Hiring or recruiting … it's all the same, right? Not quite.
If you're a talent management professional, you already know just how important it is to get the right candidate in the right way. Though it may seem inconsequential at first glance, clarifying the difference between hiring and recruiting processes can, in fact, help you make the best choice for your organization.
When it comes to choosing between a hiring and recruitment process, context is everything. The right option for you will vary given your timeline, the level and expertise required for your new prospective employee, and how difficult it is to find someone with the right qualifications.
The loss of an employee is a huge expense that can cost an organization up to 30-50% of the departing individual's yearly salary, and this is why it's so essential to get the process right. Should you elect to use the same employee acquisition methods across the board, you may find yourself in a tight spot with wasted capital, poor selections or excessive amounts of lost time. Choose right and you'll be pleased with your results.
First, let's look at the basic differences between hiring and recruiting.
Hiring is a need fulfillment process, which loosely works like this:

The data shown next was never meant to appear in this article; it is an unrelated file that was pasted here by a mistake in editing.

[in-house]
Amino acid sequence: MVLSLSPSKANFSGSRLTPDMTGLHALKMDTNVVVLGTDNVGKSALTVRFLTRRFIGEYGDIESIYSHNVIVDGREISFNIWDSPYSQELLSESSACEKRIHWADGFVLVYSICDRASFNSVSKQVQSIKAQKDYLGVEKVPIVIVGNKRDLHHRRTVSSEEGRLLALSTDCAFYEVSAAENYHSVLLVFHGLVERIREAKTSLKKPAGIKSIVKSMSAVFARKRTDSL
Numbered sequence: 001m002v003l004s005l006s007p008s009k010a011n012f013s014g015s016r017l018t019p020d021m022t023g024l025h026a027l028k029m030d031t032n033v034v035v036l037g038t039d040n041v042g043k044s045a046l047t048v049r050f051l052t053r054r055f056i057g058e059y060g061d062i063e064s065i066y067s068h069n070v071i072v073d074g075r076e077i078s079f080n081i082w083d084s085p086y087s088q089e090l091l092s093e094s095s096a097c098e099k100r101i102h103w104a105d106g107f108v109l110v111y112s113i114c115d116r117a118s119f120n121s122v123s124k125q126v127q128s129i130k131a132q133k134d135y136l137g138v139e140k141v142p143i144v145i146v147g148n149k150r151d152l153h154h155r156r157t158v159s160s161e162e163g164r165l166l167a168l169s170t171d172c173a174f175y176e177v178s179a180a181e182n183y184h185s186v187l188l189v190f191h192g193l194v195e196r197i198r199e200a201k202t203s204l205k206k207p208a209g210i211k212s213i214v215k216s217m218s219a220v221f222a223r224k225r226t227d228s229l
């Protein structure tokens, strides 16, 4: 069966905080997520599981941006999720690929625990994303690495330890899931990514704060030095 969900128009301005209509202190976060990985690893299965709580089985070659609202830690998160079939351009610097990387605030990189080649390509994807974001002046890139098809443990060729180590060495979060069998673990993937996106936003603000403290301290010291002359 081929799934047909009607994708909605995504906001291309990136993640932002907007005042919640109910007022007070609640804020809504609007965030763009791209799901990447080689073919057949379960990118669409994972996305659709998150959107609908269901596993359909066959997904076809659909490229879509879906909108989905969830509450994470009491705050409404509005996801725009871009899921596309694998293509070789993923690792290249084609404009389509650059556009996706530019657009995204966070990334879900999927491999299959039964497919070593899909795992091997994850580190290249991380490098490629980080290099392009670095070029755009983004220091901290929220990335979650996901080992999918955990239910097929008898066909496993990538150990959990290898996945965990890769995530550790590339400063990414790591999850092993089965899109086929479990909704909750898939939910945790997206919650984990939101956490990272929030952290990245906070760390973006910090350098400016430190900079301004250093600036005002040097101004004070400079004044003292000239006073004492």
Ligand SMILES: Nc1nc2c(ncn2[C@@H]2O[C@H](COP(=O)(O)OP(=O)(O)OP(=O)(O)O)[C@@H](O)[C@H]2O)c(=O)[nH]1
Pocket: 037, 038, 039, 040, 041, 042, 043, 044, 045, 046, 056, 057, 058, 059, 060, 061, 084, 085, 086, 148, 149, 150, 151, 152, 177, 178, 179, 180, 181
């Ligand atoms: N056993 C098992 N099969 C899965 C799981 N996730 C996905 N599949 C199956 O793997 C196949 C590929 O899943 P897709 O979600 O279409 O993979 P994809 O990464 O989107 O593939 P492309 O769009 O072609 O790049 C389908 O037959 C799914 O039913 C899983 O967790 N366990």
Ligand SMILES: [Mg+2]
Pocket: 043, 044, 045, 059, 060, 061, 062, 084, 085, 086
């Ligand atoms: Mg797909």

- Your organization needs a new employee.
- A job is posted.
- Candidates apply.
- A candidate is selected.
Recruitment, however, is a long-term strategy that involves building and sustaining a pool of exceptional candidates so you can have options in place long before an opening appears.
While one process is not definitively better than the other, there are circumstances where hiring is preferable to recruiting, and vice versa. Let's dive deeper into some of the more detailed differences between hiring and recruiting to get a better lay of the talent management land.
Unique candidate pools
Before we cover the philosophical differences between hiring and recruiting, it's important to know what their candidate pools consist of.
The hiring pool
The hiring process starts with advertising (internally, externally or both) for a job position in reference to a vacancy at your company. Interested candidates apply, and the talent management team will proceed to select the best options from the applicant pool.
For lower-level and temporary positions, opting for the hiring process alone can work out well. Since these positions normally do not require specialized skills, more applicants may qualify for the advertised roles, and the interview process is generally less complicated.
Additionally, if a lower-level or temporary hire doesn't work out, letting them go likely won't make or break your business. Though it's not an ideal situation, your company should survive the setback. In other words, because there's less at stake for lower-level hires, the hiring process suits the situation just fine.
The recruiting pool